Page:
In its guidance, FDA states that an accessory device is one that is intended for use with one or more “parent devices,” or that is intended to support, supplement, and/or augment the performance of one or more parent devices. FDA states that they will determine whether an article is intended for use with a parent device by the "labeling and promotional materials for the potential accessory device (rather than by the labeling and promotional materials for the parent device)."

For example, a parent device might be an automated external defibrillator. A rechargeable battery would be considered an accessory that supports the defibrillator’s intended use. FDA also states that a device can supplement the performance of a parent device as in the case of a pulse oximeter supplementing a multi-parameter monitor to display oxygen saturation. The pulse oximeter does not change its parent device’s intended use, which FDA states is to record and display multiple physiological parameters. A device may also augment a parent’s performance by enabling the device to perform its intended use more safely or effectively. For example, “a guidewire augments the performance of a bone-cutting instrument by increasing precision of the parent device and reducing the risk to the patient.”

FDA clarifies that these device accessories would not automatically take on the classification of their parent devices. "For example,” notes the agency, “if a parent device warrants regulation as a Class II device but an accessory to the parent device presents lower risks, we would regulate the accessory as a Class I rather than a Class II device.”

"FDA intends to determine the risk of accessories and the controls necessary to provide a reasonable assurance of their safety and effectiveness according to their intended use in the same manner that is used to determine such for devices that are not accessories," FDA states. "Because accessories are intended to be used with and to support, supplement, and/or augment one or more parent devices, FDA will determine the risks of accessories when used, as intended, with the parent device type" (emphasis added).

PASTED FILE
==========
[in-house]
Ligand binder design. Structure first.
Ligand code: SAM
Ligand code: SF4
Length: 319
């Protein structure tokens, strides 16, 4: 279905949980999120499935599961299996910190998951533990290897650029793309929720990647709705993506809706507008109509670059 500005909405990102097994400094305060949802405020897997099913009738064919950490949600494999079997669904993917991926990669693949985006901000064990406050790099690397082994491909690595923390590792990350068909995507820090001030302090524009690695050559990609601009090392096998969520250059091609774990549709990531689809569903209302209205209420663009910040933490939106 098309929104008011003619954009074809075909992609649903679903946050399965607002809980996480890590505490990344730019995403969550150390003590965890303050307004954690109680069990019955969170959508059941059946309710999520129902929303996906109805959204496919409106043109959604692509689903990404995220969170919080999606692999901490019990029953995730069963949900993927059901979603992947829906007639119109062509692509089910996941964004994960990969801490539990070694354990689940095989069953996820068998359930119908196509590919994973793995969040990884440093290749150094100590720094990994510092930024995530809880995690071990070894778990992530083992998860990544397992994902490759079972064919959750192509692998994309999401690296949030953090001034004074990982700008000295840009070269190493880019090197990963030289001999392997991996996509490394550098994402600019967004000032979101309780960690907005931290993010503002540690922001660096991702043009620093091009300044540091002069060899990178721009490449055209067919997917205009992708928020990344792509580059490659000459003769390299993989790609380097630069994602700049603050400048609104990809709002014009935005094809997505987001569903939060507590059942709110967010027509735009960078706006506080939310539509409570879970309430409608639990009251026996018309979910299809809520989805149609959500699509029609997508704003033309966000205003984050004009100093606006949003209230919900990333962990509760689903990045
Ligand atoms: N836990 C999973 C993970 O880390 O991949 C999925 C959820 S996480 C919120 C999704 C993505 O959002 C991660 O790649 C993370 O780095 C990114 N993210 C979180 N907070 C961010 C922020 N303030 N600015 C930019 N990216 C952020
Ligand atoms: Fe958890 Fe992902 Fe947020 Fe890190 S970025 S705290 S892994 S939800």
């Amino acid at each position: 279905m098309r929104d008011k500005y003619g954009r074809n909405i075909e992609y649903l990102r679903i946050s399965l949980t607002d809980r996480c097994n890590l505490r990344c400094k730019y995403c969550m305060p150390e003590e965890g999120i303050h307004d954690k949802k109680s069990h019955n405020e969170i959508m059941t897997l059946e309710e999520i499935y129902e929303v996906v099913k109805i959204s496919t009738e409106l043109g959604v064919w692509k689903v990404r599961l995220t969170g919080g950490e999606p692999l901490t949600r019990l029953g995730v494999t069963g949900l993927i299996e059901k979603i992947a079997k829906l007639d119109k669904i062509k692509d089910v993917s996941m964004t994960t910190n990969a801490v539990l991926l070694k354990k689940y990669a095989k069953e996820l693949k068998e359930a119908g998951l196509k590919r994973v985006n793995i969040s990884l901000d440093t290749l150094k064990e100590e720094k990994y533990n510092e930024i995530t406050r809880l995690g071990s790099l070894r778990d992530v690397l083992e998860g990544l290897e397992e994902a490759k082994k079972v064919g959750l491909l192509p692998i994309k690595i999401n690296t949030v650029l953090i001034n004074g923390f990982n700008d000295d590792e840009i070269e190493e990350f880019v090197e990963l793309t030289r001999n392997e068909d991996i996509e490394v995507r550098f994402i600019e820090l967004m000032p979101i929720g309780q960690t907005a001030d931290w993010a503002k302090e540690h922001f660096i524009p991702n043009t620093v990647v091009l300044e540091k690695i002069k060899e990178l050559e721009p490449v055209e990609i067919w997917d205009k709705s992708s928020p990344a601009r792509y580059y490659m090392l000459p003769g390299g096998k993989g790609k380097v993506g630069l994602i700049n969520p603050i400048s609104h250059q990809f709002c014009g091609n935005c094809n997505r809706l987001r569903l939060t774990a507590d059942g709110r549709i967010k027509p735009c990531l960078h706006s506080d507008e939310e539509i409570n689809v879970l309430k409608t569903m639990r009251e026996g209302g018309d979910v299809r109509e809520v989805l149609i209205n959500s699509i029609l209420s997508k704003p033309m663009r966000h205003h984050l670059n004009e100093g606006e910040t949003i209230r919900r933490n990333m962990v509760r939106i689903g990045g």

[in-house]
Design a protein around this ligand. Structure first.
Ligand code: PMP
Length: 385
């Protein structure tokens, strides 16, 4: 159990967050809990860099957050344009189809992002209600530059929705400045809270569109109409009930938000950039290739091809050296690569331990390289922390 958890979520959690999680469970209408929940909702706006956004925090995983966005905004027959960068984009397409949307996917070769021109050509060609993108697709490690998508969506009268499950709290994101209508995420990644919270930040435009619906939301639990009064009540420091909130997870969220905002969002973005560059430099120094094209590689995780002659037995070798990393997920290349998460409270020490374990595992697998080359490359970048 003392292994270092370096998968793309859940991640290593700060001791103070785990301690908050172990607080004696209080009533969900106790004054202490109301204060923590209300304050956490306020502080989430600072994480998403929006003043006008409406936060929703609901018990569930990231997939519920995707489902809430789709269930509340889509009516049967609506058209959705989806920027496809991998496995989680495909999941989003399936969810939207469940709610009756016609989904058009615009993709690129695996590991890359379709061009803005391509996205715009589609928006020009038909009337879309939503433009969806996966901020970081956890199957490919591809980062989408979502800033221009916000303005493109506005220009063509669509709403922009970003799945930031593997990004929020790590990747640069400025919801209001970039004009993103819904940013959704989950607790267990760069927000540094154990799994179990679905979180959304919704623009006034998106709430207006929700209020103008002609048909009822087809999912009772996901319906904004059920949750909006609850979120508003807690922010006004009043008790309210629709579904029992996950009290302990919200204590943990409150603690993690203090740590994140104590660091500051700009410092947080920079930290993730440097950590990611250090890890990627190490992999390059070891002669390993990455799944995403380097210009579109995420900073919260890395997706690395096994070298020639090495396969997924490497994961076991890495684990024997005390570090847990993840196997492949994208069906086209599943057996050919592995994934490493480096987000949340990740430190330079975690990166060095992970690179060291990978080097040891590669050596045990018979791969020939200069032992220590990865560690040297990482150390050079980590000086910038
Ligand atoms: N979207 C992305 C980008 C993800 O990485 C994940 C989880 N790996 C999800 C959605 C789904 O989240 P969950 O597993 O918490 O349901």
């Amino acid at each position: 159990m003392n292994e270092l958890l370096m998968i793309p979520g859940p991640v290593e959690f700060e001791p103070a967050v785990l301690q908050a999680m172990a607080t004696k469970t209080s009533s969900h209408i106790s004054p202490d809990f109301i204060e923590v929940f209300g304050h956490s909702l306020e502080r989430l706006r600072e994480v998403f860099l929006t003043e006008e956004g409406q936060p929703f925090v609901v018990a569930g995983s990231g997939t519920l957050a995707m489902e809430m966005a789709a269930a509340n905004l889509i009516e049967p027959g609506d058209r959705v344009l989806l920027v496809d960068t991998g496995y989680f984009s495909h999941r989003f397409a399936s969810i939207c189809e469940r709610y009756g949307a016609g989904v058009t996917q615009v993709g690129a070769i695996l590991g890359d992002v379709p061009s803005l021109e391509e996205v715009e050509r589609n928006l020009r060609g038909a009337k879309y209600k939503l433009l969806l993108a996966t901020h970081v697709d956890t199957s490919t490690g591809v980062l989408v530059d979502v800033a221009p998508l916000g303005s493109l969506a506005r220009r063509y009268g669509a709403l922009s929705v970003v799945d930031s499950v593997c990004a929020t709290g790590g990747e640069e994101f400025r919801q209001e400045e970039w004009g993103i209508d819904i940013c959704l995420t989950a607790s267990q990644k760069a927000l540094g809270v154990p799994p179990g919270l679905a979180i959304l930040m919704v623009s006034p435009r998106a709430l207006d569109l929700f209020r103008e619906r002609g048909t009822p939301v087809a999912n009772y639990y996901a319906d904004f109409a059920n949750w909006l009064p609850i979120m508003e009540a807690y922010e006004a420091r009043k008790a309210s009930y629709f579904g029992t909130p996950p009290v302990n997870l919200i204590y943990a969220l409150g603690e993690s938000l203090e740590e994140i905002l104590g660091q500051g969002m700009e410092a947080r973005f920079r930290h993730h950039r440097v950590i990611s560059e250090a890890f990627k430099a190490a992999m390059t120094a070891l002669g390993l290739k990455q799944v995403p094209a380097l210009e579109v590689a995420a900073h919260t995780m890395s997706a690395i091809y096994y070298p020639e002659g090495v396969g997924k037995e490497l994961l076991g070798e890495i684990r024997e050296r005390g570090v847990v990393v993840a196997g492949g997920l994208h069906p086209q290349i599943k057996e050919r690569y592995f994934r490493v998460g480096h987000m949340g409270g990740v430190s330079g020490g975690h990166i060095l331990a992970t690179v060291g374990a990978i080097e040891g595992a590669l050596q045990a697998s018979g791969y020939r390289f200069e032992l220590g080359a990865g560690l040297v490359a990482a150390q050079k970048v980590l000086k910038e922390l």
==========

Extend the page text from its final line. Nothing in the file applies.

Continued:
The agency clarifies that determining the risks of accessories according to their use with parent devices does not mean that all risks of a parent device are imputed to the accessory--the risk profile of an accessory can "differ significantly" from that of the parent device, warranting differences in regulatory classification. "In determining the classification of an accessory, FDA will evaluate the risks imposed by the accessory’s impact on the parent device and any unique risks of the accessory independent of its parent device," states FDA. "As with the classification of any other device, the types of regulatory controls necessary to control the risks will determine the regulatory class for accessories."

FDA offered an important clarifications regarding computers and iPhones: 

It is important to note that articles that do not meet the definition of an accessory will not be treated as accessories simply because they may be used in
conjunction with a device. For example, a mobile phone that is used as a
general platform for applications that include mobile medical applications that
are medical devices, or an off-the-shelf computer monitor used to display
medical data would not be considered accessories unless they are intended for
use with such devices.

FDA's guidance also stressed that companies should pursue a de novo classification pathway for many device accessories. This process provides a pathway to Class I or Class II classification for accessories for which general controls or general and special controls provide a reasonable assurance of safety and effectiveness, but for which there are no legally marketed predicate device.


Click here to view Medical Device Accessories: Defining Accessories and Classification Pathway for New Accessory Types. Comments are due by April 20.